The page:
[erlang-questions] checking for unbound?

Alain O'Dea <>
Sat Nov 20 17:28:28 CET 2010


On Saturday, November 20, 2010, Jesper Louis Andersen
<> wrote:
> On Sat, Nov 20, 2010 at 3:18 PM, Andy Kriger <> wrote:
>> Is there a way to test if a variable is unbound?
>
> I am a bit hesitant to guess at what you mean by "unbound variable".
> Variables which are free (In the lambda-calculus terminology of
> "free") lead to compilation errors since terms ultimately have to be
> closed. Thus referral to a variable not existing in the scope or
> failing to use a variable in a scope results in an error.
>
>> I thought I could do something clever like...
>> [E|EL] = mnesia:dirty_index_read(myTable, value, indexField),
>> if <E is unbound> -> do something; % nothing was returned
>>  length(EL) > 0 -> do something; % more than 1 item was returned
>>  <E matches pattern> -> do something; % a match was returned
>>  true -> do something % whatever is left
>
> We can look up mnesia:dirty_index_read/3 via 'erl -man mnesia', and
> see it returns a RecordList. Thus, pattern matching to the rescue:
>
> case mnesia:dirty_index_read(T, v, i) of
>   [] -> do something; % Nothing was returned
>   [Obj] -> do something ; % Exactly one object was returned
>   RL when is_list(RL) -> do something; % We got a whole list of things
> end,
>
> notice how the case match is exhaustive. It matches all possible
> outcomes (and strictly speaking we could have been exhaustive without
> the [Obj] match). A rule of Erlang is that any expression will
> *always* return a value. There is no equivalent to C's "void" and no
> "null" as well. Any identifier is always bound to a value or the
> program is wrong. This concept is very powerful: you don't have to
> fear the null pointer exception and you don't have to check for null
> unless the program returns an atom playing the role of the concept
> "null".
>
> It is quite often the case that functional languages choose their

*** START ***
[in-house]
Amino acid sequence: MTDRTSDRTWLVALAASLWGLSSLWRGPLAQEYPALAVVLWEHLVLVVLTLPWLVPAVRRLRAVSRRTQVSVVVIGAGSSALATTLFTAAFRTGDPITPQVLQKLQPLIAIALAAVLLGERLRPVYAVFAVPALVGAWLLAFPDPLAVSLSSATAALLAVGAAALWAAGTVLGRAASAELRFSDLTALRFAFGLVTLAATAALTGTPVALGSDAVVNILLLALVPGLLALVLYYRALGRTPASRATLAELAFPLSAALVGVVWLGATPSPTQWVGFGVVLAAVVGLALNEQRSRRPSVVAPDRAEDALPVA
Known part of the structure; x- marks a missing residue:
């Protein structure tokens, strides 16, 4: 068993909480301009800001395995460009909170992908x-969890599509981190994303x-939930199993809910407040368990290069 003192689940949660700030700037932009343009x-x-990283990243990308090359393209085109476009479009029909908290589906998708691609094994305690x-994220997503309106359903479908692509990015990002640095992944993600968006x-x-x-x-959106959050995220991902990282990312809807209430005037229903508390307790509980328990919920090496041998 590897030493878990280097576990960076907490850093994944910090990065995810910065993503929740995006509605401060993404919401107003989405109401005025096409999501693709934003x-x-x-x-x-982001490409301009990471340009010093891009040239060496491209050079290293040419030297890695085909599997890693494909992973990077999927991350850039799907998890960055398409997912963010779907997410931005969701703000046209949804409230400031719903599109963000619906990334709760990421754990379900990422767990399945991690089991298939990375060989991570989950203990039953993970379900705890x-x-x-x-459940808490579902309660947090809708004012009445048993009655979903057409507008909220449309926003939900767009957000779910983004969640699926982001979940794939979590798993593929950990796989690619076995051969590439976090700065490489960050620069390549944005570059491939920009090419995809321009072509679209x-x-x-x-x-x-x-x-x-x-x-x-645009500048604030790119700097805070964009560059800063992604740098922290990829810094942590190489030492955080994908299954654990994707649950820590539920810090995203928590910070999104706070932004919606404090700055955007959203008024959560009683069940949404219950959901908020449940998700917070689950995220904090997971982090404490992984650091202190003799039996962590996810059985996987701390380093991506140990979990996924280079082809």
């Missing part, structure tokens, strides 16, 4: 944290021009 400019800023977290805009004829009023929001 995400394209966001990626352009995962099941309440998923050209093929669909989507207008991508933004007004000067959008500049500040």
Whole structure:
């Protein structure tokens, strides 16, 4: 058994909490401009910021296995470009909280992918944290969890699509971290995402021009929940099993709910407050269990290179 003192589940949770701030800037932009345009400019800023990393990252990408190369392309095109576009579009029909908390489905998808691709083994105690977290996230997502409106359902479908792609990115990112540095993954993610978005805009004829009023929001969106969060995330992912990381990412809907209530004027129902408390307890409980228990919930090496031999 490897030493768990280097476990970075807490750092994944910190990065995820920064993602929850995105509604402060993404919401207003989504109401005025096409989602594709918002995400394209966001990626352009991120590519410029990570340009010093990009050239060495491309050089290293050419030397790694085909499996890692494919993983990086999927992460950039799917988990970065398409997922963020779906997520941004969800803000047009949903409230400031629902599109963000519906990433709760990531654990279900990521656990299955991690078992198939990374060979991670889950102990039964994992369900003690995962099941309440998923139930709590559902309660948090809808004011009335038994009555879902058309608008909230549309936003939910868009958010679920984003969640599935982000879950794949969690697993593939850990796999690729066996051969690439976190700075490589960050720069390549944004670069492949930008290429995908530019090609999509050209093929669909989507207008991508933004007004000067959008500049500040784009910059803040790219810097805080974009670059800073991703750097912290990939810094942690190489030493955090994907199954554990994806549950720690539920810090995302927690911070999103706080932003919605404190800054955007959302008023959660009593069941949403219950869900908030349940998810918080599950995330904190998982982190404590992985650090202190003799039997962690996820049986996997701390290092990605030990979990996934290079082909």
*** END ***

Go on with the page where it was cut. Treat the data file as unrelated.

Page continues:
> expressions in this way. In fact, it would be hard to do otherwise,
> since it would remove you from the lambda-calculus basis.
>
>> But I don't see a way to make the first test.
>
> Pattern matching is the key to the puzzle. You let a specific value
> play the role of being "unbound". In the above case, the role is
> played by the empty list, [], in other cases it is played by an atom
> -- usually 'undefined', 'none', 'aborted' -- and in some cases, it is
> played by a complete term: '{error, Reason}', '{parse_error,
> PartialParse}' and so on. An example of an atom, 'undefined', playing
> the role is when asking the application module for configuration
> options:
>
> case application:get_env(MyModule, profiling) of
>   undefined -> false
>   {ok, Bool} when is_boolean(Bool) -> Bool
> end,
>
> Many imperative languages would have chosen to write a program along
> the lines (somewhat Go-ish syntax),
>
> V := application.GetEnvBool(MYMODULE, "profiling")
> if (V == nil) {
>   return false
> } else {
>   return V
> }
>
> because any identifier in these languages referencing an object is
> essentially a pointer which can be nil/null. Personally, I find this
> ugly, and cumbersome to write and I much prefer the functional
> variant, of which Erlang is an example.
>

Short version:

[E|EL] = mnesia:dirty_index_read(myTable, value, indexField) is a
pattern match expression.  All expressions in Erlang have values
(dirty_index_read must have some value, unbound is not possible).  If
you get something other than a list with one or more elements you'll
get a crash with {error, bad_match} as the cause.

Jesper's case expression is a possible solution.

My style preference is to use multiple functions and pattern-matching:

    %...
    handle_read(mnesia:dirty_index_read(myTable, value, indexField)),
    %...

handle_read([]) ->
     % handle no items

handle_read([E]) ->
     % handle one item

handle_read([_|_] = EL) ->
     % handle many items


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